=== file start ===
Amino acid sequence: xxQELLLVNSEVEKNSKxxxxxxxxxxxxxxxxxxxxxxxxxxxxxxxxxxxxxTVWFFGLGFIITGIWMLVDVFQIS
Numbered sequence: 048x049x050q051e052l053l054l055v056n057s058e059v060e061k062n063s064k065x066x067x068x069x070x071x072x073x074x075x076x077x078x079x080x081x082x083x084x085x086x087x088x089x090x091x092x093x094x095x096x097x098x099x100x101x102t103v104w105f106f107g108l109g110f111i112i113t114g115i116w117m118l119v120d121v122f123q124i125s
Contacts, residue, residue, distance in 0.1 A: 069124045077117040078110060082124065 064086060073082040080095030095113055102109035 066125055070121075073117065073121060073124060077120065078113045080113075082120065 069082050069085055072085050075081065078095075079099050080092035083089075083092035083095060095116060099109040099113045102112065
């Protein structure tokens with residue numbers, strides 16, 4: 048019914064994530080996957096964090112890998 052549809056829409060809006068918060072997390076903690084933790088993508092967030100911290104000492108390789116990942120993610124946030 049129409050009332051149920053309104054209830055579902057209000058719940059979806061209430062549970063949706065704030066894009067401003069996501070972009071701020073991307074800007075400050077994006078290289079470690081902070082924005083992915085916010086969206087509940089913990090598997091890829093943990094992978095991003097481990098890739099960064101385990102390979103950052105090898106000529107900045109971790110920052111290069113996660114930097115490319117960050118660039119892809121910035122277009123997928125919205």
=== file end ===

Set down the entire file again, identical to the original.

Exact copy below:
Amino acid sequence: xxQELLLVNSEVEKNSKxxxxxxxxxxxxxxxxxxxxxxxxxxxxxxxxxxxxxTVWFFGLGFIITGIWMLVDVFQIS
Numbered sequence: 048x049x050q051e052l053l054l055v056n057s058e059v060e061k062n063s064k065x066x067x068x069x070x071x072x073x074x075x076x077x078x079x080x081x082x083x084x085x086x087x088x089x090x091x092x093x094x095x096x097x098x099x100x101x102t103v104w105f106f107g108l109g110f111i112i113t114g115i116w117m118l119v120d121v122f123q124i125s
Contacts, residue, residue, distance in 0.1 A: 069124045077117040078110060082124065 064086060073082040080095030095113055102109035 066125055070121075073117065073121060073124060077120065078113045080113075082120065 069082050069085055072085050075081065078095075079099050080092035083089075083092035083095060095116060099109040099113045102112065
């Protein structure tokens with residue numbers, strides 16, 4: 048019914064994530080996957096964090112890998 052549809056829409060809006068918060072997390076903690084933790088993508092967030100911290104000492108390789116990942120993610124946030 049129409050009332051149920053309104054209830055579902057209000058719940059979806061209430062549970063949706065704030066894009067401003069996501070972009071701020073991307074800007075400050077994006078290289079470690081902070082924005083992915085916010086969206087509940089913990090598997091890829093943990094992978095991003097481990098890739099960064101385990102390979103950052105090898106000529107900045109971790110920052111290069113996660114930097115490319117960050118660039119892809121910035122277009123997928125919205």